- Understand that even though employees may see benefits to working from home, surveys indicate a high likelihood (sometimes as high as 91%) that employees will want to come back into the office in the future. Especially for socialising with their peers, team development and collaboration. Flexibility will be key to the ‘new normal’ office environment – so start thinking NOW about how that might look for your organisation. Highlight on the YOUR – what is right for one organisation will not necessarily work for another.
- Hold company wide events like virtual trivia nights or hack days; coffee chats with the CEO and other Executive team; costume themed Friday afternoon drinks; weekly virtual ‘show and tells’ during lunchtime so everyone in the team can learn more about each other.
Above all else, remember a company doesn’t exist without people. Amazon is a great example. Automation might be responsible for processing and even packaging my online orders. But it is a real human who is going to drive her or his truck to my house, wrangle my sticky front gate and my over-friendly border collie, and deliver the package to my home. Preferably with a smile on their face to match the one on mine (because – parcels! Unwrapping! Excitement!).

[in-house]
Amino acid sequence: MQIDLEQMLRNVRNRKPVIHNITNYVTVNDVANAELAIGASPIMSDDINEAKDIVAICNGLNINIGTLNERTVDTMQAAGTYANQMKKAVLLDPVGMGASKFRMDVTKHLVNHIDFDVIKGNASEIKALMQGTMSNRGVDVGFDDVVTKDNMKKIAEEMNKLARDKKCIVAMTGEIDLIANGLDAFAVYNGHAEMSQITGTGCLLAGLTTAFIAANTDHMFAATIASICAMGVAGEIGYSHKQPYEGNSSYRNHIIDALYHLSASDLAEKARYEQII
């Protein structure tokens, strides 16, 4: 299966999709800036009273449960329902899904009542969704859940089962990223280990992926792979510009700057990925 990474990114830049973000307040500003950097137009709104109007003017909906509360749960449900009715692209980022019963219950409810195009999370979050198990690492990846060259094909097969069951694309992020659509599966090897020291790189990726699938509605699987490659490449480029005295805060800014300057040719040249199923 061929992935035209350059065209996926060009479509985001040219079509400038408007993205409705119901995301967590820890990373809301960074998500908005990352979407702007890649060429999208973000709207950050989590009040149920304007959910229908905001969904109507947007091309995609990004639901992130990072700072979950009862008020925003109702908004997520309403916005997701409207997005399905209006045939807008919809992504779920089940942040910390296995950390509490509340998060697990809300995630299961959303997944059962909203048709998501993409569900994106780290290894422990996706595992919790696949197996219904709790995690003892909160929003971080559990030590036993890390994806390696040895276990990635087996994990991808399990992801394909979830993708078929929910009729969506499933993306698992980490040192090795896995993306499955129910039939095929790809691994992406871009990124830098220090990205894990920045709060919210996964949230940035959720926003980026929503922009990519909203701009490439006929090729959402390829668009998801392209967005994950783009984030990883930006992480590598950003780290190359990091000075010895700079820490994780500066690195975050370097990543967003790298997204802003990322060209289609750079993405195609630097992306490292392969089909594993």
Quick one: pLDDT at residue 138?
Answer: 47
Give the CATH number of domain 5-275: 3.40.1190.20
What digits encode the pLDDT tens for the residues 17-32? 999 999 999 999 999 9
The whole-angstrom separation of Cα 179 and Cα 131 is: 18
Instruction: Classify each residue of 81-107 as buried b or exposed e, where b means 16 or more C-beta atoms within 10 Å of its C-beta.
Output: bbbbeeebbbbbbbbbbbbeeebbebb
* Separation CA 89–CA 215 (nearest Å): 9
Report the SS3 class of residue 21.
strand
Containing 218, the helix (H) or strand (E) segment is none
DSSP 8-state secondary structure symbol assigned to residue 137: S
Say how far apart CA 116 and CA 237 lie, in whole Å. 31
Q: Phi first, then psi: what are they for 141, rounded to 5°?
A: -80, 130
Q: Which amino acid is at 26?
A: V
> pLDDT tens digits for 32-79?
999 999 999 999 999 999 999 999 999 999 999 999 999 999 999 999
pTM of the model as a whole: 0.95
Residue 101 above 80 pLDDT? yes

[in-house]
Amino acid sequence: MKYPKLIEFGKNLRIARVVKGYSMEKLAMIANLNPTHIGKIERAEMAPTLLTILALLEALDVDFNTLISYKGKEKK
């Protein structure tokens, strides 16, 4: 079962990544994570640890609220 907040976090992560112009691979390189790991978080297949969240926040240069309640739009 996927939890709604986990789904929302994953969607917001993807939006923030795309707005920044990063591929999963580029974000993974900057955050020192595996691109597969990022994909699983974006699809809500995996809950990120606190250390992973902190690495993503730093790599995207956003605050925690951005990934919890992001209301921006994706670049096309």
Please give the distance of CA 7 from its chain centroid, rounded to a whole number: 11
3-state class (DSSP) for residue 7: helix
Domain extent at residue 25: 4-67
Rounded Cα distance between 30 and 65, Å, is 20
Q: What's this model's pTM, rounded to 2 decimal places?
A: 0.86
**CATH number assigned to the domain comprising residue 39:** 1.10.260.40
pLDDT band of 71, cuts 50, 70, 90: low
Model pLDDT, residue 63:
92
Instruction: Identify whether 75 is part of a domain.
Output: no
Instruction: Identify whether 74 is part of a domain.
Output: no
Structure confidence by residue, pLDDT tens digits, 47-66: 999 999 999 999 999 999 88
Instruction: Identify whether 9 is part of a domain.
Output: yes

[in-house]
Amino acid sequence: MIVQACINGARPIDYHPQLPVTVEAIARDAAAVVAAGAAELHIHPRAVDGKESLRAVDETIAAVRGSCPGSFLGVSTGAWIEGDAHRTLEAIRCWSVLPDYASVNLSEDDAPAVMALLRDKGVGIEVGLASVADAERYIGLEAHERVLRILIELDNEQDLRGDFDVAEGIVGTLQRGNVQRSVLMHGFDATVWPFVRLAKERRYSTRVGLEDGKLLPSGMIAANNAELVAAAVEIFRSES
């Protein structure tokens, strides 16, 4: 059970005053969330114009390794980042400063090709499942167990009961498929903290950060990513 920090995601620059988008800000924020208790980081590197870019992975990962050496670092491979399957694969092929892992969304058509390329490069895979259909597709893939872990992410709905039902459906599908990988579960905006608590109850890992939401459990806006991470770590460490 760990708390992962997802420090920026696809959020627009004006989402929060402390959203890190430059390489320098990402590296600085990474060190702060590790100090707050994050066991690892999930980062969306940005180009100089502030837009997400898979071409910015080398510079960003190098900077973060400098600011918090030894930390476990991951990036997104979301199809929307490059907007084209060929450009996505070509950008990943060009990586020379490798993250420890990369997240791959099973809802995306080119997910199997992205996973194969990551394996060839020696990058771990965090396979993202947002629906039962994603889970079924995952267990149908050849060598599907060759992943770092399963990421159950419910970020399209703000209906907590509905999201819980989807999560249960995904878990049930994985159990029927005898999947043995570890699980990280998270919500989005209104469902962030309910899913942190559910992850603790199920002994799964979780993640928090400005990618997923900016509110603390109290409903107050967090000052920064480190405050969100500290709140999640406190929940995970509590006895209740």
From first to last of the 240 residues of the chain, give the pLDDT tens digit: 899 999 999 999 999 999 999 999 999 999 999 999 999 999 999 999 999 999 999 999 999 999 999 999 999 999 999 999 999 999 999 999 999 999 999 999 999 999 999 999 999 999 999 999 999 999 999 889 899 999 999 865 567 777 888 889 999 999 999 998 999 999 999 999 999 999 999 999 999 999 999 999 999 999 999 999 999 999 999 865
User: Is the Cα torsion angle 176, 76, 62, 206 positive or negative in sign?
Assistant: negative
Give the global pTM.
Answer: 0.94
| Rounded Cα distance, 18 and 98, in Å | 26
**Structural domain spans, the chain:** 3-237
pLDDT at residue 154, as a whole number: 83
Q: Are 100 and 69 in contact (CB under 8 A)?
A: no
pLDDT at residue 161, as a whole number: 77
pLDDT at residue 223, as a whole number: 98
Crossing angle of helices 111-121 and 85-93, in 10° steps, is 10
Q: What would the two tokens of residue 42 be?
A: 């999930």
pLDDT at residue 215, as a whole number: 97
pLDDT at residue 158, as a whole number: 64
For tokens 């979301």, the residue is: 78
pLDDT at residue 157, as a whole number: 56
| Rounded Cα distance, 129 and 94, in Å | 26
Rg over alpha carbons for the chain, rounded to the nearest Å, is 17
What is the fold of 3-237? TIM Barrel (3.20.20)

During these abnormal times, you need to be ensuring your employees feel seen and heard. If you don’t know what your employees want – ASK THEM. Be committed to delivering what they tell you they want, and if you can’t deliver it, then tell them why.
If you would like help uncovering how your employees genuinely feel, what they are concerned about, and what action they would like to see taken: then I’m your gal. Asking the right questions, drawing out answers and packaging it all up into an actionable report is my superpower. Share my powers by calling me on 0400019599 or by email: firstname.lastname@example.org